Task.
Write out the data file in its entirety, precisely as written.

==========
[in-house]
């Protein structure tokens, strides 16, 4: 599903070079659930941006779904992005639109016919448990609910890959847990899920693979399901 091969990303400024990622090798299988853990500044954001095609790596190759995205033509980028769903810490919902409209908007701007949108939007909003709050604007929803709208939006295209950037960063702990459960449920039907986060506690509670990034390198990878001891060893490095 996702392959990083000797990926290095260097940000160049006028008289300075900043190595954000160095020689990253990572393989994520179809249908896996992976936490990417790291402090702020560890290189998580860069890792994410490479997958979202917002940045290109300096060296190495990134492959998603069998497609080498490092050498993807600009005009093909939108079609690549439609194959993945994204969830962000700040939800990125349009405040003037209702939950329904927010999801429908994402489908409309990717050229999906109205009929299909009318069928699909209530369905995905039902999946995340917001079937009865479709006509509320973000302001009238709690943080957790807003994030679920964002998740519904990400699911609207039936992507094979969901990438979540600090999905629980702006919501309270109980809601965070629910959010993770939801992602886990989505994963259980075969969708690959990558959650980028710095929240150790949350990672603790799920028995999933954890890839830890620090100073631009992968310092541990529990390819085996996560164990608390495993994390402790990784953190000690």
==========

[in-house]
């Protein structure tokens, strides 16, 4: 599903070079659930941006779904992005639109016919448990609910890959847990899920693979399901 091969990303400024990622090798299988853990500044954001095609790596190759995205033509980028769903810490919902409209908007701007949108939007909003709050604007929803709208939006295209950037960063702990459960449920039907986060506690509670990034390198990878001891060893490095 996702392959990083000797990926290095260097940000160049006028008289300075900043190595954000160095020689990253990572393989994520179809249908896996992976936490990417790291402090702020560890290189998580860069890792994410490479997958979202917002940045290109300096060296190495990134492959998603069998497609080498490092050498993807600009005009093909939108079609690549439609194959993945994204969830962000700040939800990125349009405040003037209702939950329904927010999801429908994402489908409309990717050229999906109205009929299909009318069928699909209530369905995905039902999946995340917001079937009865479709006509509320973000302001009238709690943080957790807003994030679920964002998740519904990400699911609207039936992507094979969901990438979540600090999905629980702006919501309270109980809601965070629910959010993770939801992602886990989505994963259980075969969708690959990558959650980028710095929240150790949350990672603790799920028995999933954890890839830890620090100073631009992968310092541990529990390819085996996560164990608390495993994390402790990784953190000690």